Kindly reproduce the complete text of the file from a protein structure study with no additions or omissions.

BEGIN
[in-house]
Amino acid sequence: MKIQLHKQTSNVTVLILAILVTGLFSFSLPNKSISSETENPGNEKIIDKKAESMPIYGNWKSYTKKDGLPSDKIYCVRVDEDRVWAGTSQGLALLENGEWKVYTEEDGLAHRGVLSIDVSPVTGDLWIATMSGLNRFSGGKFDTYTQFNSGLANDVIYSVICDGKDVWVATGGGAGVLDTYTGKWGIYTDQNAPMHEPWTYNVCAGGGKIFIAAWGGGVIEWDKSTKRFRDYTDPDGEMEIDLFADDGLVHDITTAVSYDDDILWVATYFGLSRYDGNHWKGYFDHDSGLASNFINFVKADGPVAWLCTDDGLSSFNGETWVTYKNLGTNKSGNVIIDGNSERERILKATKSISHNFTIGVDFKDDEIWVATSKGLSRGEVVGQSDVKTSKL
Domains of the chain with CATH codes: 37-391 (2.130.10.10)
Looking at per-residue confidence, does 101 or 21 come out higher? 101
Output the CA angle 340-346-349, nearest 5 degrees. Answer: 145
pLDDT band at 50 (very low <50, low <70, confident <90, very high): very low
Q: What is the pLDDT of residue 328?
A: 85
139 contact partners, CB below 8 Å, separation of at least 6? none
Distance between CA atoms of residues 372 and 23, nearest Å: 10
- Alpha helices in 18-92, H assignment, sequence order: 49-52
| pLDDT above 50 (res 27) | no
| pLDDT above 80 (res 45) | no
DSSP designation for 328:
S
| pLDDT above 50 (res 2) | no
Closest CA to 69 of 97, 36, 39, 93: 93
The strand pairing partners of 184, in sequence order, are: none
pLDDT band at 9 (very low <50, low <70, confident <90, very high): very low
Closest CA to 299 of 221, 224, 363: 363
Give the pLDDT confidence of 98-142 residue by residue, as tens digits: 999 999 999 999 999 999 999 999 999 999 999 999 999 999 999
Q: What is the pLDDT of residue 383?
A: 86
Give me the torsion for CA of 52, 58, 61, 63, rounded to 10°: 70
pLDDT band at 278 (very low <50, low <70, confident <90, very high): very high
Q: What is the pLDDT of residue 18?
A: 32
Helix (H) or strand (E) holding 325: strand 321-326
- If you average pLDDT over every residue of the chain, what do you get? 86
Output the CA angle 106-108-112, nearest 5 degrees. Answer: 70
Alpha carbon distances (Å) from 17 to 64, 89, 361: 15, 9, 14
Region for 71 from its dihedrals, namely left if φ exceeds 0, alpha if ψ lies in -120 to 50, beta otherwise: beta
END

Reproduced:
[in-house]
Amino acid sequence: MKIQLHKQTSNVTVLILAILVTGLFSFSLPNKSISSETENPGNEKIIDKKAESMPIYGNWKSYTKKDGLPSDKIYCVRVDEDRVWAGTSQGLALLENGEWKVYTEEDGLAHRGVLSIDVSPVTGDLWIATMSGLNRFSGGKFDTYTQFNSGLANDVIYSVICDGKDVWVATGGGAGVLDTYTGKWGIYTDQNAPMHEPWTYNVCAGGGKIFIAAWGGGVIEWDKSTKRFRDYTDPDGEMEIDLFADDGLVHDITTAVSYDDDILWVATYFGLSRYDGNHWKGYFDHDSGLASNFINFVKADGPVAWLCTDDGLSSFNGETWVTYKNLGTNKSGNVIIDGNSERERILKATKSISHNFTIGVDFKDDEIWVATSKGLSRGEVVGQSDVKTSKL
Domains of the chain with CATH codes: 37-391 (2.130.10.10)
Looking at per-residue confidence, does 101 or 21 come out higher? 101
Output the CA angle 340-346-349, nearest 5 degrees. Answer: 145
pLDDT band at 50 (very low <50, low <70, confident <90, very high): very low
Q: What is the pLDDT of residue 328?
A: 85
139 contact partners, CB below 8 Å, separation of at least 6? none
Distance between CA atoms of residues 372 and 23, nearest Å: 10
- Alpha helices in 18-92, H assignment, sequence order: 49-52
| pLDDT above 50 (res 27) | no
| pLDDT above 80 (res 45) | no
DSSP designation for 328:
S
| pLDDT above 50 (res 2) | no
Closest CA to 69 of 97, 36, 39, 93: 93
The strand pairing partners of 184, in sequence order, are: none
pLDDT band at 9 (very low <50, low <70, confident <90, very high): very low
Closest CA to 299 of 221, 224, 363: 363
Give the pLDDT confidence of 98-142 residue by residue, as tens digits: 999 999 999 999 999 999 999 999 999 999 999 999 999 999 999
Q: What is the pLDDT of residue 383?
A: 86
Give me the torsion for CA of 52, 58, 61, 63, rounded to 10°: 70
pLDDT band at 278 (very low <50, low <70, confident <90, very high): very high
Q: What is the pLDDT of residue 18?
A: 32
Helix (H) or strand (E) holding 325: strand 321-326
- If you average pLDDT over every residue of the chain, what do you get? 86
Output the CA angle 106-108-112, nearest 5 degrees. Answer: 70
Alpha carbon distances (Å) from 17 to 64, 89, 361: 15, 9, 14
Region for 71 from its dihedrals, namely left if φ exceeds 0, alpha if ψ lies in -120 to 50, beta otherwise: beta